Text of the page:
Granderson’s first shot measured 439 feet, the second-longest homer by a Met this season, according to ESPN Stats & Information research. Travis d’Arnaud had a 448-foot homer against Chad Bettis at Coors Field on May 1. The McCovey Cove shot registered 402 feet.

Granderson’s first-inning damage might have been bigger, but leadoff man Matt den Dekker was caught stealing when he broke for third base with Lincecum still holding the baseball.

Granderson and Daniel Murphy had three hits apiece.

In a pinch: David Wright did not get a full day off in his first non-start of the season. He pinch hit against reliever Juan Gutierrez with two outs and Eric Campbell at first base in the seventh. Wright struck out.

What’s next: After playing 20 games in 20 days, the Mets exhale Monday after an overnight flight back to New York. The Amazin’s host the Milwaukee Brewers for a three-game series beginning Tuesday. Daisuke Matsuzaka (2-0, 3.21 ERA) opposes right-hander Marco Estrada (5-2, 4.19) in the 7:10 p.m. series opener.

Series preview: Mets at Giants

July, 8, 2013
7/08/13
1:54
AM ET

USA TODAY SportsThe Mets face (l to r) Tim Lincecum, Barry Zito and Matt Cain during a three-game series in San Francisco.
METS (37-48, fourth place/NL East) vs. SAN FRANCISCO GIANTS (40-47, fourth place/NL West)

Monday: RHP Matt Harvey (7-2, 2.27) vs. RHP Tim Lincecum (4-9, 4.66), 10:15 p.m. ET

Tuesday: RHP Dillon Gee (6-7, 4.45) vs. LHP Barry Zito (4-6, 4.44), 10:15 p.m. ET

Wednesday: RHP Zack Wheeler (2-1, 4.29) vs. RHP Matt Cain (5-5, 4.85), 3:45 p.m. ET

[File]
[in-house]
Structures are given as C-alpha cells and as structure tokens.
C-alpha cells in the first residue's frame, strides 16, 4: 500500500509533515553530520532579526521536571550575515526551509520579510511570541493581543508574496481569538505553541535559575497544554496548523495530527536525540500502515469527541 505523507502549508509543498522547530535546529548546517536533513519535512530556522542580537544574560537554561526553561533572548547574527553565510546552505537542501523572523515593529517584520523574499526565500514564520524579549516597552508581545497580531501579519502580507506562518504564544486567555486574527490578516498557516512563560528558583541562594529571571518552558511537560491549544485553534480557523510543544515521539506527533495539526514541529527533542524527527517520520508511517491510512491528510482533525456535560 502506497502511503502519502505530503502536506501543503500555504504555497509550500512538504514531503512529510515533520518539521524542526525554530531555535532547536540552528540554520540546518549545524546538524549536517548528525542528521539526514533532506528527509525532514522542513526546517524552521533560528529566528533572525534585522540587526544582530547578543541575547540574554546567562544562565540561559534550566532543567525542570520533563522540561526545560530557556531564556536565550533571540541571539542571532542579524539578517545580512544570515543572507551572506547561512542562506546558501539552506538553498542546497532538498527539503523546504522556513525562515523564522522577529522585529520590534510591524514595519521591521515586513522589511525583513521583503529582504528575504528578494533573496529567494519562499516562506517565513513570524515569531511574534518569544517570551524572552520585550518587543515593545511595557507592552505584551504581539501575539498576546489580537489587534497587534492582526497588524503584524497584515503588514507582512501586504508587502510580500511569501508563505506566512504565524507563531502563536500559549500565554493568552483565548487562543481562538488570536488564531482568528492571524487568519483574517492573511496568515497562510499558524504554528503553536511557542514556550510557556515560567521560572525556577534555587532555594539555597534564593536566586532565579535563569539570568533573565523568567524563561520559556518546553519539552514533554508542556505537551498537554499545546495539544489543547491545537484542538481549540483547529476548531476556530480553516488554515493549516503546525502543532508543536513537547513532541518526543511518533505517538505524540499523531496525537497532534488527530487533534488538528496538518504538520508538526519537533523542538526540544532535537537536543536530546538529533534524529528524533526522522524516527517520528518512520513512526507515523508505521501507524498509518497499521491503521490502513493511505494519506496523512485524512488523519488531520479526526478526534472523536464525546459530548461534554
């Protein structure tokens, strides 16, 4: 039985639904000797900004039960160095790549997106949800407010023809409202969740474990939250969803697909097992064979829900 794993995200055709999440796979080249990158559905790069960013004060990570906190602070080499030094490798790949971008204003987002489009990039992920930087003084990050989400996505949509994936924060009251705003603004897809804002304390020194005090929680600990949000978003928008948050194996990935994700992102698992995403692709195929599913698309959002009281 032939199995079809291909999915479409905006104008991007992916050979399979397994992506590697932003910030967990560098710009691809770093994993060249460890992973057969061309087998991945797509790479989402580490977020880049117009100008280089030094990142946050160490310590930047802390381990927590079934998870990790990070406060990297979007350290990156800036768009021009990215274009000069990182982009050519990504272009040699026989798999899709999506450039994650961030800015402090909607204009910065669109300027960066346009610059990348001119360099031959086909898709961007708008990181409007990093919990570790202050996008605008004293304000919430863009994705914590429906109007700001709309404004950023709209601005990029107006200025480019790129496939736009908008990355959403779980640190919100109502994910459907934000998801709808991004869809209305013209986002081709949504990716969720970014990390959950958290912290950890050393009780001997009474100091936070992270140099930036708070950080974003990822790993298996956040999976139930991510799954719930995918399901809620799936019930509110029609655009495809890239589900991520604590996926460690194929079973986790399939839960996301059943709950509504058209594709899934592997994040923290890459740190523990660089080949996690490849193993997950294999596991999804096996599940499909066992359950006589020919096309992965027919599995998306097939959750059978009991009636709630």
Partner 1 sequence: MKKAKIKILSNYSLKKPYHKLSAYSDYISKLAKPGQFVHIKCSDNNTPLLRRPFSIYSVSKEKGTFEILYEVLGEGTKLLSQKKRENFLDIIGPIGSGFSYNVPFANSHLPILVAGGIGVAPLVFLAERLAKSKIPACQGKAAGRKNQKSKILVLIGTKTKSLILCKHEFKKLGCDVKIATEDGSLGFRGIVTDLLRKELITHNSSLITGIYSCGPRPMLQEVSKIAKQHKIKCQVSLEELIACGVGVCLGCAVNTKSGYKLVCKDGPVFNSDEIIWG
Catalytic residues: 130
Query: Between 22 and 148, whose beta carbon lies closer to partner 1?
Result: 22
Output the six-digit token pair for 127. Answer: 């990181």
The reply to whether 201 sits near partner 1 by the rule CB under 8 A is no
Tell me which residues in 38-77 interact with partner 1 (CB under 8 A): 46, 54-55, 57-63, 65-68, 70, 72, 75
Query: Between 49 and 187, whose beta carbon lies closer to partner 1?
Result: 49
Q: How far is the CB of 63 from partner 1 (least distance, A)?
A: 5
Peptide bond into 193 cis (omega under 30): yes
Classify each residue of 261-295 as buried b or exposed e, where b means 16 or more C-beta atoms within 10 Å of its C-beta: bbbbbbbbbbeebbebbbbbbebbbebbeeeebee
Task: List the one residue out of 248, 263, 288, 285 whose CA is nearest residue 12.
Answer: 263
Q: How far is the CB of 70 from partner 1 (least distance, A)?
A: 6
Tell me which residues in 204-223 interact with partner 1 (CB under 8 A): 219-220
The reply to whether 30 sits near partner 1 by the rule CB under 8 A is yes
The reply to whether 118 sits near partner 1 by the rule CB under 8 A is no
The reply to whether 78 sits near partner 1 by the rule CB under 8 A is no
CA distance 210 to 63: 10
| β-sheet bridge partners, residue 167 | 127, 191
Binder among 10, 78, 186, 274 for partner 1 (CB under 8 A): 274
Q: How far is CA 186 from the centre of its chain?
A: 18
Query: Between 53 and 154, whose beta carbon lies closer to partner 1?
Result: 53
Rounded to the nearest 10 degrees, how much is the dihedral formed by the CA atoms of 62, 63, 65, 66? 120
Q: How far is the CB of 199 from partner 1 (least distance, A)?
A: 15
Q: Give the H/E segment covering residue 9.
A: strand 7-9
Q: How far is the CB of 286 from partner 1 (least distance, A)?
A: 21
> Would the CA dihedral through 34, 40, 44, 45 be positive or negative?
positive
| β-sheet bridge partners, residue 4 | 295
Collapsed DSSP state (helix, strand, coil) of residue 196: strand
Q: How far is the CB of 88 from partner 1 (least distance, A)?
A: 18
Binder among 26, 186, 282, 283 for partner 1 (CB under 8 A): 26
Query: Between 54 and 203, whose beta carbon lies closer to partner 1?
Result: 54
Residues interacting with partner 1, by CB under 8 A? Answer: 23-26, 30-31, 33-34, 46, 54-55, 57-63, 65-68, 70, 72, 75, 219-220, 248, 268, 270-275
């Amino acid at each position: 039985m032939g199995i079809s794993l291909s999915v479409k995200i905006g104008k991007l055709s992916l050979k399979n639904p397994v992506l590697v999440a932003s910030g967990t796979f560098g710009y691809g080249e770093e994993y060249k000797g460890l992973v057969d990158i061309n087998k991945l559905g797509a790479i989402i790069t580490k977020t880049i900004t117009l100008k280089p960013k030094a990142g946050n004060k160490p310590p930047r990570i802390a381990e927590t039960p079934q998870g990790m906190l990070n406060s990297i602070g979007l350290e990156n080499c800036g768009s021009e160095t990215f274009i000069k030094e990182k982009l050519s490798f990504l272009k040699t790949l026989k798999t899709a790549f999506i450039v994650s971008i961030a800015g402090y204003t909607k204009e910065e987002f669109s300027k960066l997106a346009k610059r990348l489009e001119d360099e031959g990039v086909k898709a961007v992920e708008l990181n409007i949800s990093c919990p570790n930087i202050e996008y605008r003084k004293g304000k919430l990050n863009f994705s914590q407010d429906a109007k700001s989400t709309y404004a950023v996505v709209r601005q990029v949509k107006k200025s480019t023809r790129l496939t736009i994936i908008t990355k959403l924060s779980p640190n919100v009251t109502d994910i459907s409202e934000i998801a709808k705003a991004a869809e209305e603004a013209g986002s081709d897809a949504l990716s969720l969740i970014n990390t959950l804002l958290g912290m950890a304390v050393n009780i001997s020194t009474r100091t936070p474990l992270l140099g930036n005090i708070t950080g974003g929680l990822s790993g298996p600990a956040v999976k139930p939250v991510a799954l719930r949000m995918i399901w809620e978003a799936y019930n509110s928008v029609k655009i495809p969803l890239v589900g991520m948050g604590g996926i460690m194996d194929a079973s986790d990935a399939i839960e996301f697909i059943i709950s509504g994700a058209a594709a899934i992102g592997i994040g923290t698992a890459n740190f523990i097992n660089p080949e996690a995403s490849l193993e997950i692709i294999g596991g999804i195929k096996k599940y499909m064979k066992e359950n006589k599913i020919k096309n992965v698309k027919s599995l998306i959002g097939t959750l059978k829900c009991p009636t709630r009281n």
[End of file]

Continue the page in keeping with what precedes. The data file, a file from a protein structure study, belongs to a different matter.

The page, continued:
Giants short hops

• The Giants placed catcher Buster Posey, second baseman Marco Scutaro and pitcher Madison Bumgarner on the NL All-Star team, which will be managed by San Francisco skipper Bruce Bochy. Hunter Pence is on the five-man NL ballot for additional fan voting. A year after having four starters selected to the game, including Pablo Sandoval over David Wright, the Giants will have none in the opening lineup at Citi Field on July 16.

Angel Pagan is likely out for the season after undergoing left hamstring surgery in late June. The ex-Met signed a four-year, $40 million deal in September. Pagan originally was injured on May 25, when his inside-the-park homer lifted the Giants past Colorado. He aggravated the tear during a rehab game. Fellow ex-Met Andres Torres primarily has played center field in Pagan’s absence. Torres was forced to leave Friday’s game with a right calf cramp, but since has returned.


Daniel Shirey/USA TODAY SportsAndres Torres has taken over for injured fellow ex-Met Angel Pagan in center field.


• Posey has been starting at first base more frequently of late because of leg tightness.

• San Francisco was no-hit by Cincinnati’s Homer Bailey last Tuesday. The Giants last had been no-hit in 2003, by Kevin Millwood of the Philadelphia Phillies. Since the move to San Francisco, the Giants have been no-hit 11 times. The others to accomplish the feat against them: Warren Spahn (1961), Sandy Koufax (1963), Ryan Washburn (1968), Jerry Reuss (1980), Charlie Lea (1981), Mike Scott (1986), Terry Mulholland (1990), Kevin Gross (1992) and Kevin Brown (1997).

• San Francisco has lost 11 of 13 and 16 of 21. The Giants have scored two runs or fewer in 12 of their past 16 games. They are 2-for-their-last-36 with runners in scoring position.